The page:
What goes into a one act?



Grace Gillen

In all forms of learning, the final step to mastery of a skill is application. Theater students did just that with their yearly production original one act plays. Each director took a different approach to leaving his or her mark on the audience.

“My one act had a very mature point of view on its topics because I took it so seriously from the beginning,” senior and director of Before I Hit Rock Bottom Troy Thompson said. “This is something that I’ve planned on doing since freshman year. Instead of just telling a story I wanted the audience to leave feeling impacted.”

The impact of a one act certainly packs a punch. In these scaled down productions, directors are forced to examine the significance of every line to create developed characters and plot lines. It’s a difficult form to master, but by the time Theater 4 students take the stage, they’re well prepared for the challenge. 

“A one act is a short play, similar to a short story but still a play,” senior and co-director of Camp Rookie Ashley DaSilva said. “The student directed plays are usually short and sweet so that’s how we kick off the year in theater. It teaches dedication, which is ultimately what makes a one act successful, how else are you going to finish a set or get props done?”

Not surprisingly, the list of cast members extends far beyond the people seen on stage. From rehearsal managers and assistant directors to stagehands, it really does take an army to put on a show.

As they prepare for the final bow, director Troy Thompson joins hands with his cast for the last time.

“Part of our job was to build the set and that included making or building the props,” DaSilva said. “We had some fun with it like for example the cabin number is 75 and the boy scouts troop patch is 91. The idea for that came from our troop number for districts, 7591.

Students were able to experience for themselves how to develop the some more technical components required to bring a play to life. This year’s sole junior director Anastasia Weston was able to better appreciate the nuances of a performance after crafting one herself.

“I learned a lot about developing characters speech,” Weston said. “For example, Sebastian is really sensitive so everything he says is going to be rushed, he uses smaller words, he’s very frantic and since Hayden is supposed to be more of a jock so he uses a lot of slang words.”

Out of the five directors Anastasia Weston was the only junior, something she took pride in.

“When I was thinking about a story that I needed to write, I struggled because I had a lot of different concepts going on in my head,” Thompson said. “It was hard to focus on one so instead of trying to come up with a new concept I decided just to take the events that happened last year, I had a really really big crush and I never said anything about it to the person, and turn it into the story by exaggerating everything that happened between me and the person that I liked.”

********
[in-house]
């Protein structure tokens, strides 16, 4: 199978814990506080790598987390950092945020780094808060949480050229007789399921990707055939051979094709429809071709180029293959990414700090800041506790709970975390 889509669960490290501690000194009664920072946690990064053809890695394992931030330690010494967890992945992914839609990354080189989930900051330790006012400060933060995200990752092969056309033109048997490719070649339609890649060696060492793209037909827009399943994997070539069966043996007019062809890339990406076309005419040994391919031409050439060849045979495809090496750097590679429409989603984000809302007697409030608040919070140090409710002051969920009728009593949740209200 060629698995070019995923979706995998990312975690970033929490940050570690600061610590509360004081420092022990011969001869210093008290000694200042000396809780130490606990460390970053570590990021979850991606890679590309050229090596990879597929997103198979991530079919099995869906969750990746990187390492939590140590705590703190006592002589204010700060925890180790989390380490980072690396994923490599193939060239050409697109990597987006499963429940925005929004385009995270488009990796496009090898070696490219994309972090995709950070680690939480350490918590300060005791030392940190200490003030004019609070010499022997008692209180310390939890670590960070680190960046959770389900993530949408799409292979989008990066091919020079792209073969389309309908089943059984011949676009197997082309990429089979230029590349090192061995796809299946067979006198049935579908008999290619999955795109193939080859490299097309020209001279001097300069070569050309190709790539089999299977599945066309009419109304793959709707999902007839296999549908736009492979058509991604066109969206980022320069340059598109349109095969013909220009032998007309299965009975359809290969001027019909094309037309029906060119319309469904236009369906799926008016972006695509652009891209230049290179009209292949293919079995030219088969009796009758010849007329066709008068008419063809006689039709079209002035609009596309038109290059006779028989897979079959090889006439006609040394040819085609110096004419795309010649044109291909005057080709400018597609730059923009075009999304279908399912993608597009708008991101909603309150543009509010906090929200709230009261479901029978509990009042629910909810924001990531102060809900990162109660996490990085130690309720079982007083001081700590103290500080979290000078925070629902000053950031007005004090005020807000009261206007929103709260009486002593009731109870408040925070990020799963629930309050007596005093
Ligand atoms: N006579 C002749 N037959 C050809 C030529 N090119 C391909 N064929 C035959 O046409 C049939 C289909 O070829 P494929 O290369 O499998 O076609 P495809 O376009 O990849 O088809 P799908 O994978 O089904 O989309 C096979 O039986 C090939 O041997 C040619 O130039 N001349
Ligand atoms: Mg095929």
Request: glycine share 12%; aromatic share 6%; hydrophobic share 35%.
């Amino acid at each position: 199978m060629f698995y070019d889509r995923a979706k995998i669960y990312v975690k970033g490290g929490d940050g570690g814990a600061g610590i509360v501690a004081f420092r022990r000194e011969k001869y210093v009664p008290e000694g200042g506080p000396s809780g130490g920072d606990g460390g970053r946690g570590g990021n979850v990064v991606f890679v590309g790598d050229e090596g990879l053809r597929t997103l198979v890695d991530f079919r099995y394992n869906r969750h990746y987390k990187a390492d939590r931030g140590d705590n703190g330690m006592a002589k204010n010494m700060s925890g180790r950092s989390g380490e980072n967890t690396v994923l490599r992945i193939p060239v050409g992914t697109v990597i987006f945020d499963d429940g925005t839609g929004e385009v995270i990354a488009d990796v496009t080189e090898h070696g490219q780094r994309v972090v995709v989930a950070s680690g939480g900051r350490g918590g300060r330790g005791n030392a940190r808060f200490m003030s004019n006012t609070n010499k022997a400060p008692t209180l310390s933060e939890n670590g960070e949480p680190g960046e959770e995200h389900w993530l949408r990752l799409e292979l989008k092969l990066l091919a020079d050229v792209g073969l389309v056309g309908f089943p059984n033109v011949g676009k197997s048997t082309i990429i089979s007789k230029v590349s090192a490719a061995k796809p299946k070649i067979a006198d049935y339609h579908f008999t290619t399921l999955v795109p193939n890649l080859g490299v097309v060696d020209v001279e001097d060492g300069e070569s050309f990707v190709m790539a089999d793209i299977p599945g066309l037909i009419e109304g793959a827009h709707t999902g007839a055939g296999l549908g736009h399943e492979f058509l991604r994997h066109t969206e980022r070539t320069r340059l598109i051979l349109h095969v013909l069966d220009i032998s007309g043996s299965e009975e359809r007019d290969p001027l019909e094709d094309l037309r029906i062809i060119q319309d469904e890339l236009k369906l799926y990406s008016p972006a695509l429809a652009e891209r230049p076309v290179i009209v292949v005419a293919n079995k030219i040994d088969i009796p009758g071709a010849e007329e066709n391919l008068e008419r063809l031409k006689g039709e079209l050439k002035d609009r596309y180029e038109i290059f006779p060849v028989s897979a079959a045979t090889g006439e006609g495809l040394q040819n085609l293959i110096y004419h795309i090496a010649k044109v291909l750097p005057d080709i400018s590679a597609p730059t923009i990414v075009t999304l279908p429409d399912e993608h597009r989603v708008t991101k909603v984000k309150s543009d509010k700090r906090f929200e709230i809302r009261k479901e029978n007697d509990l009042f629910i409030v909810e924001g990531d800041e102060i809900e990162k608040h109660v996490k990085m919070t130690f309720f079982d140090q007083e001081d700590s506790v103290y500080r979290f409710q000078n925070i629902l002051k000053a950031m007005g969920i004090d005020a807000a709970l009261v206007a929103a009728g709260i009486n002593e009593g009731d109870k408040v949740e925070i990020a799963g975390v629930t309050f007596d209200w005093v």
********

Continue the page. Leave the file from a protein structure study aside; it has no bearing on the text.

Even once a clear direction presents itself, there are still a variety of problems that the crew has to address. Rehearsals can be derailed by a simple typo in the script, taking 10 minutes or more to get back on track. More substantial problems, such as dealing with conflicts between their cast, can test the strength of the greatest directors. But through perseverance and practice, those too can be overcome.

“The biggest roadblock was getting my actors to buy into their roles,” senior and director of Callin’ Help Gabriella Plaskon said. “One guy is by nature kind of shy but his character is extremely confident, almost to the point of cockiness, so I had to work with him on that.”

Not only did senior Troy Thompson star in Camp rookie, he also directed another act in the show.

“Every good one act has dedicated actors and a strong story that connects people to the characters because if you have a story that the audience can’t connect to, they’re not going to remember it and they’re not going to want to watch it,” Weston said.

This fall’s one acts set a high standard for Titan Theater in the coming year. With over half of the program being seniors, they are poised to cement the legacy of excellence that has become synonymous with their productions. As teacher and program director Reid Conrad’s final year as a Titan begins, his students are intent on showing what they’ve learned.

“Laura and I are the type of people that want to produce quality work so we put a lot of effort into Camp Rookie to make Mr. Conrad and ourselves proud,” DaSilva said. “All the other directors felt the same way with their projects. Ultimately, that’s what we all strive to achieve.”

The cast of Finding Home exits the stage with a flourish to the crowd.